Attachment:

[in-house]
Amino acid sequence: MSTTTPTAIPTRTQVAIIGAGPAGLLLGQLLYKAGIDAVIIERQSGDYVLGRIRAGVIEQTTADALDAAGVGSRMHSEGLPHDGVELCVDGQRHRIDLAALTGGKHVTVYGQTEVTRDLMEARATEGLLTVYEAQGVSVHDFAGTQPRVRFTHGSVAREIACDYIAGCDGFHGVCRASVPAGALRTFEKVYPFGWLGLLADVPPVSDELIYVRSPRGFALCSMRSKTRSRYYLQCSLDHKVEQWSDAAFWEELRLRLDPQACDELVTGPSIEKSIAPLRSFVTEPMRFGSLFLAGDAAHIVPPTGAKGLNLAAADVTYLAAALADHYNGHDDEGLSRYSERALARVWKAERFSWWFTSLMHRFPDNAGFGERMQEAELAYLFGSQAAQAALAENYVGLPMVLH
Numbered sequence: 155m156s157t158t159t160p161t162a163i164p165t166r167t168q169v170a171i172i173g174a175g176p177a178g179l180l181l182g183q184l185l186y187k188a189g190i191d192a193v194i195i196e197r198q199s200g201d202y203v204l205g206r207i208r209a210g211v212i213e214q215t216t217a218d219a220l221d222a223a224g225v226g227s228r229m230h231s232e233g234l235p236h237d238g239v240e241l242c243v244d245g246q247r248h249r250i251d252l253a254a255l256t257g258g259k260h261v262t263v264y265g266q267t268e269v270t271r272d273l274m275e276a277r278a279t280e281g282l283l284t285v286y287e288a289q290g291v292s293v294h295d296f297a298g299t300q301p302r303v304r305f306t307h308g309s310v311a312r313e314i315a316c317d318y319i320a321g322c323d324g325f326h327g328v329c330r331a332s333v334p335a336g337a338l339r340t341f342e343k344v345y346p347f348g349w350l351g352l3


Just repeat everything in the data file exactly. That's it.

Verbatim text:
[in-house]
Amino acid sequence: MSTTTPTAIPTRTQVAIIGAGPAGLLLGQLLYKAGIDAVIIERQSGDYVLGRIRAGVIEQTTADALDAAGVGSRMHSEGLPHDGVELCVDGQRHRIDLAALTGGKHVTVYGQTEVTRDLMEARATEGLLTVYEAQGVSVHDFAGTQPRVRFTHGSVAREIACDYIAGCDGFHGVCRASVPAGALRTFEKVYPFGWLGLLADVPPVSDELIYVRSPRGFALCSMRSKTRSRYYLQCSLDHKVEQWSDAAFWEELRLRLDPQACDELVTGPSIEKSIAPLRSFVTEPMRFGSLFLAGDAAHIVPPTGAKGLNLAAADVTYLAAALADHYNGHDDEGLSRYSERALARVWKAERFSWWFTSLMHRFPDNAGFGERMQEAELAYLFGSQAAQAALAENYVGLPMVLH
Numbered sequence: 155m156s157t158t159t160p161t162a163i164p165t166r167t168q169v170a171i172i173g174a175g176p177a178g179l180l181l182g183q184l185l186y187k188a189g190i191d192a193v194i195i196e197r198q199s200g201d202y203v204l205g206r207i208r209a210g211v212i213e214q215t216t217a218d219a220l221d222a223a224g225v226g227s228r229m230h231s232e233g234l235p236h237d238g239v240e241l242c243v244d245g246q247r248h249r250i251d252l253a254a255l256t257g258g259k260h261v262t263v264y265g266q267t268e269v270t271r272d273l274m275e276a277r278a279t280e281g282l283l284t285v286y287e288a289q290g291v292s293v294h295d296f297a298g299t300q301p302r303v304r305f306t307h308g309s310v311a312r313e314i315a316c317d318y319i320a321g322c323d324g325f326h327g328v329c330r331a332s333v334p335a336g337a338l339r340t341f342e343k344v345y346p347f348g349w350l351g352l3